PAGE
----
Even though ferrite can form either from the breakdown of pearlite or from the direct decomposition of austenite, it is assumed here that ferrite results from the latter source only. It is assumed that (1) the austenite to ferrite transformation occurs at steady state and is controlled by carbon diffusion, (2) thermodynamic equilibrium exists at graphite/ferrite and ferrite/austenite interface, and (3) diffusion from the ferrite/austenite interface toward austenite is neglected as diffusion coefficients and concentration gradients in austenite are small compared to those in ferrite.
Nucleation and Growth of Pearlite. The nucleation of pearlite usually occurs at austenite grain boundaries. It has been demonstrated that pearlite colonies grow either as spheres or hemispheres following nucleation. By the movement of high mobility incoherent interfaces, these colonies can grow edgewise or sidewise into the austenite. This means that pearlite grows in competition with ferrite until austenite is completely transformed. Transformation of austenite into pearlite is usually modeled with an Avrami equation because the study of nucleation of pearlite is difficult, especially under continuous cooling conditions. Also, pearlite grains impinge on each other at an early stage, especially at a relatively high cooling rate.
2. Density Calculation
Thermo-physical properties research is a very important part of materials science, particularly at the current times because such data are a critical input for the simulation of metals processing. There is little information about such properties for multicomponent alloys during solidification. A simple pairwise mixture model, which is similar to that used to model thermodynamic excess functions in multi-component alloys, is used to calculate the properties (Ref 23).
3. Mechanical Properties Calculation
The ultimate goal of process modeling is to predict the final mechanical properties. The mechanical properties (hardness,tensile strength, yield strength, and elongation) of ductile iron castings are function of composition and microstructure. The graphite shape, graphite structure, graphite amount, carbide content, and matrix structure (pearlite, ferrite) all affect the mechanical properties of ductile iron castings. Carbide content has direct and indirect effects on the properties of cast ductile irons. The hard brittle carbide increases the yield strength but decreases the tensile strength. As for the matrix structure, the increasing of pearlite amount increases the strength and hardness but reduces the elongation. Mixture rule is applied here to calculate the mechanical properties. For example, the hardness can be calculated by.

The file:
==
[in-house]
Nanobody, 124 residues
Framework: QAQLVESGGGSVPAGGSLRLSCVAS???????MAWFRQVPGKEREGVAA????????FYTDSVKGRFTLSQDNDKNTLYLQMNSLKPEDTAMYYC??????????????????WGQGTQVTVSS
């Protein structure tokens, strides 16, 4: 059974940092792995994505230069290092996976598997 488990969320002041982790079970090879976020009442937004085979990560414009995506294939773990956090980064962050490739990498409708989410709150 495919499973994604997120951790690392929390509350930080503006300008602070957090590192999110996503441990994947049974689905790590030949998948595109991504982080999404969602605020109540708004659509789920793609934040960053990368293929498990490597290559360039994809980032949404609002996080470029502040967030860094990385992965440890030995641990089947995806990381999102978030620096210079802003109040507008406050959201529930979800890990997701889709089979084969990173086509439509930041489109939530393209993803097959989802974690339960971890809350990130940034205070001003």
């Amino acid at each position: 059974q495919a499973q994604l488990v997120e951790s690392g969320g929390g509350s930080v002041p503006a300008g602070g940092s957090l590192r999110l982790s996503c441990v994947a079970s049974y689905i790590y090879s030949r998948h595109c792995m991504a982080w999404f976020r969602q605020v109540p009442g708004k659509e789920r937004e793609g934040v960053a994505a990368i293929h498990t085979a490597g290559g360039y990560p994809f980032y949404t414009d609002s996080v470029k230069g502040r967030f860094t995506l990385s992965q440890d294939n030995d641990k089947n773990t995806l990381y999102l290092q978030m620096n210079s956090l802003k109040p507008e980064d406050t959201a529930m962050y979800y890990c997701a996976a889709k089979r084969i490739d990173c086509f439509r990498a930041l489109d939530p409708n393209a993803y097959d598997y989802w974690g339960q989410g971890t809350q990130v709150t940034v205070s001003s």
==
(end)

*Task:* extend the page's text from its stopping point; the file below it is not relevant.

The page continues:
4. Case Studies
In order to show the capability of this model, solidification of a simple geometry ductile iron casting was investigated. The dimension of the casting is 10 10 200 cm and the geometry of the casting is shown in Fig. 1. On the left face, it is cooled by contacting a constant temperature media (15 _C) with a heat transfer coefficient of 500 W/m2 K. All the other faces are adiabatic. The initial melt temperature is 1400 _C. Figure 2 shows the solidification time at different distances from the cooling end. At the very left, the solidification time is less than 1 s. On the other hand, the solidification time at 10 cm from the cooling end is more than 100 s. Because of the different cooling rates, the nodule count varies and is shown in the same figure.
The metastable phase forms when the cooling is too fast. Fig. 1 Geometry for a test casting to show the ability of current Model Journal of Materials Engineering and Performance Volume 17(6) December 2008--833 Figure 3 shows the volume fraction of different phases at room temperature. On the very left end, there is around 90% volume fraction of metastable phase ledeburite thanks to the rapid cooling. The ledeburite phase reduces gradually from left to right until at 3 cm from the chill end, there is no more ledeburite. At the same time, as cooling decreases, the volume fraction of ferrite increases and that of pealite decreases.